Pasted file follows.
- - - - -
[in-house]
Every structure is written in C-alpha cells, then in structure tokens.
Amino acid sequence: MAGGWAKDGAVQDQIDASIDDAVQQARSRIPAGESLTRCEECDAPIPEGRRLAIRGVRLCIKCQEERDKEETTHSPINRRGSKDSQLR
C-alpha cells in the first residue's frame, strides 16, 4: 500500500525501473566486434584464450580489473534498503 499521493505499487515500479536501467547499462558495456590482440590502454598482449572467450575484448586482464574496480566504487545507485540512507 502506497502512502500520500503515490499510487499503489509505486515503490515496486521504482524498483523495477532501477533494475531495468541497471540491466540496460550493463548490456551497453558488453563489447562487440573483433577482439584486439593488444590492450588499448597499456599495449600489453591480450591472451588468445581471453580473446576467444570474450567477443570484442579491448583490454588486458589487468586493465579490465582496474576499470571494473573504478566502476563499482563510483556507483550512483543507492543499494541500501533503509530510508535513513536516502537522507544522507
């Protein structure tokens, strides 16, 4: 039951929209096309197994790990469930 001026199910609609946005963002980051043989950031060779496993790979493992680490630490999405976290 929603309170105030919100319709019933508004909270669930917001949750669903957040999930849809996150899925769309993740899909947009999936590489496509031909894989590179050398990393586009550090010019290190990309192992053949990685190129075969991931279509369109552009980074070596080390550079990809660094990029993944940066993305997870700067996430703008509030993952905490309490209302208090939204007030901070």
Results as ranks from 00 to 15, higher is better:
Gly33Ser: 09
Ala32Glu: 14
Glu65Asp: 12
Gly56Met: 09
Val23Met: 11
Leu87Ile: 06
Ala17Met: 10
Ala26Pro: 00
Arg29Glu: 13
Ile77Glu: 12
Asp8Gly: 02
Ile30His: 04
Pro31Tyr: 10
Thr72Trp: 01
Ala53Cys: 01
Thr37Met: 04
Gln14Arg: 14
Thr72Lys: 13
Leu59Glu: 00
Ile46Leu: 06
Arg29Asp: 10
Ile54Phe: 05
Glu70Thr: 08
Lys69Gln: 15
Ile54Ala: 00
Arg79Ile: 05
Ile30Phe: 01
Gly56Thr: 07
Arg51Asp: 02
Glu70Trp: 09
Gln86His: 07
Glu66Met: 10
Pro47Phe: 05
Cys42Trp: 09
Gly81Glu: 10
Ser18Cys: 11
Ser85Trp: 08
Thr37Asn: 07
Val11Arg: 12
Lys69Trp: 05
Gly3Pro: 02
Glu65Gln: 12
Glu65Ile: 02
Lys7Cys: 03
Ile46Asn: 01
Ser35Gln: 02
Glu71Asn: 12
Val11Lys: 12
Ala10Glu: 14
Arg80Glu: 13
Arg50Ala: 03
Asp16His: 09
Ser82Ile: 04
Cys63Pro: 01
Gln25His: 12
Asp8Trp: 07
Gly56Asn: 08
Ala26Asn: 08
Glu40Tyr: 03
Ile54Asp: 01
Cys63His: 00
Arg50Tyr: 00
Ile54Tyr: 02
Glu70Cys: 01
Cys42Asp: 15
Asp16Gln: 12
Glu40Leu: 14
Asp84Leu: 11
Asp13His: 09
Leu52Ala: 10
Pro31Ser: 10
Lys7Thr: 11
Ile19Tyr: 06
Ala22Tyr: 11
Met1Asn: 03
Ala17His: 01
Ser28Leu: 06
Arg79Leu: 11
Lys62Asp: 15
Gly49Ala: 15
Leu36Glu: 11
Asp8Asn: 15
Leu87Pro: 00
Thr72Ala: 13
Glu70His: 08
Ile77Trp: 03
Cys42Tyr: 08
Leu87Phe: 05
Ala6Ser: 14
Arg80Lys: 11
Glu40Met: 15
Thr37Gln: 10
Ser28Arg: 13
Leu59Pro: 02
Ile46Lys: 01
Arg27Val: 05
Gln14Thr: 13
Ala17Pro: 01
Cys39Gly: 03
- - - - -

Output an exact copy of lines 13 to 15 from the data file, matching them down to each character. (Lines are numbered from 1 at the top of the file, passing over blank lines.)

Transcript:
Ala17Met: 10
Ala26Pro: 00
Arg29Glu: 13